Ekholm said: “We’ve been impacted by Covid-19 and related market uncertainty, and we have also seen a decline in our legacy portfolio. However, we see a strong demand for our cloud-native and 5G core portfolio.”

He said that 5G network deployments running on Ericsson equipment were up 86% compared to the previous quarter. “We now have 99 commercial 5G contracts and 54 live 5G networks performing across 27 countries,” he said. At the end of the first quarter, the company had 86 commercial 5G contracts and 29 live networks, and at the end of 2019 the figures were 78 and 24 respectively.

The second quarter results saw overall network equipment sales total $4.41bn, up 5% year-on-year, indicating that 5G growth is outpacing legacy network decline. However, the other main business units reported lower revenues – digital services declined by 5% year-on-year to $950m and managed services’ revenues were down 12% to $620m.

Ericsson said it planned to boost R&D spending on digital services but most of that would be focused on the 5G core, in line with the company’s strategy, since Ekholm took over as CEO in January 2017, to concentrate on core competencies such as 5G networks, rather than try to diversify into other platforms or into non-telco markets.

One risk factor for Ericsson’s ability to continue with its stable performance in the year ahead is, of course, China. In the most recent wave of Chinese 5G contracts, Ericsson strengthened its position in the country, winning deals with all three telcos. Its share of the huge RAN awards was dwarfed by that of Huawei and ZTE, but increased its overall penetration of the world’s largest 5G market, especially as Nokia missed out in the RAN (though it won some 5G core business).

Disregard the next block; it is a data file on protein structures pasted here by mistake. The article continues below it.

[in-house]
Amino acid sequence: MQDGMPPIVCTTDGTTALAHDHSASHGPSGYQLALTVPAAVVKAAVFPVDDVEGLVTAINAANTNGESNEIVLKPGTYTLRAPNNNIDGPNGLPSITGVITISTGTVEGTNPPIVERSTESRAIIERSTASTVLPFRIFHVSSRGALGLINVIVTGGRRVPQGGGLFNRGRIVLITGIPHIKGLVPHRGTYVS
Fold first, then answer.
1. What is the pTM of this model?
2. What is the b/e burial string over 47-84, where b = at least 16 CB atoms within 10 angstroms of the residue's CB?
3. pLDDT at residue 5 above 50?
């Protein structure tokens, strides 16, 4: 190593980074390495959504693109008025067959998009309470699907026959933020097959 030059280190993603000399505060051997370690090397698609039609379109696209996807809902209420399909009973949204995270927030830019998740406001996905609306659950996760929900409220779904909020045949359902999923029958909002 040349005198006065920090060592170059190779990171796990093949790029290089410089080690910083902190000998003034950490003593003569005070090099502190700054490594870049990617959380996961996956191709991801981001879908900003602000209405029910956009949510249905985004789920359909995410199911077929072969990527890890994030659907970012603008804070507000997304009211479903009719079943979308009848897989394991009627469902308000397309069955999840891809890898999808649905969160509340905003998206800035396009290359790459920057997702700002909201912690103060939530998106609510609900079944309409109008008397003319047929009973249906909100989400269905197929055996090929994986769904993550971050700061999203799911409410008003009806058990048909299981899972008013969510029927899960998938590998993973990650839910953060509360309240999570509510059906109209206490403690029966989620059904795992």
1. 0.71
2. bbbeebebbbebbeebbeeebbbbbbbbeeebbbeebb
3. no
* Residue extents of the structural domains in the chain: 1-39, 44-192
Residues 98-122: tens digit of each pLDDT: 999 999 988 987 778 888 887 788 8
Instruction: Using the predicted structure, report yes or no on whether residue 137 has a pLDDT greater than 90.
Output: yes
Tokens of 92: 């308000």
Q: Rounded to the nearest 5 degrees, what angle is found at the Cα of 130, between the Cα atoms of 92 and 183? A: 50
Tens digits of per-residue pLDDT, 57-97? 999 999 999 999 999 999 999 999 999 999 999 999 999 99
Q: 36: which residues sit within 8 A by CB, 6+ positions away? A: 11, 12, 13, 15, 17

However, it is possible that China will impose sanctions on western suppliers in retaliation for bans on Huawei 5G kit in the USA, UK and others (see separate item). Or at least, it may put pressure on operators to buy Chinese-first to an even greater extent than they already do, effectively shutting Ericsson and Nokia out of this huge opportunity – which will only get larger as a result of the significant 5G component in China’s vast Covid-19 recovery fund.

Ekholm remained confident about China, and certainly, the telcos do not want their vendor choices restricted any more than their counterparts in the west do. Ericsson has invested large sums in buying 5G share in China, a gamble which led to a $108.5m inventory writedown related to pre-commercial 5G equipment provided as part of the bid to win Chinese contracts. The popularity of Ericsson’s 5G-ready equipment in China, and its willingness to offer keen pricing, have both been credited with its increase in sales to the country, despite the geopolitical tensions surrounding Huawei. But Ekholm insisted Ericsson will achieve profitability through the duration of the Chinese contracts, which is important when other key markets, notably Europe, are dragging their feet in 5G (see separate item).

He said Ericsson’s share of the European mobile networks market is “a touch north of 30%). Regarding the UK’s decision to ban Huawei from 5G networks, he said: “What we have had for a period of time now is very uncertain — who is approved, who’s not approved, what’s going to happen, what’s not going to happen? That has

created an environment for our customers that are not friendly for investments.”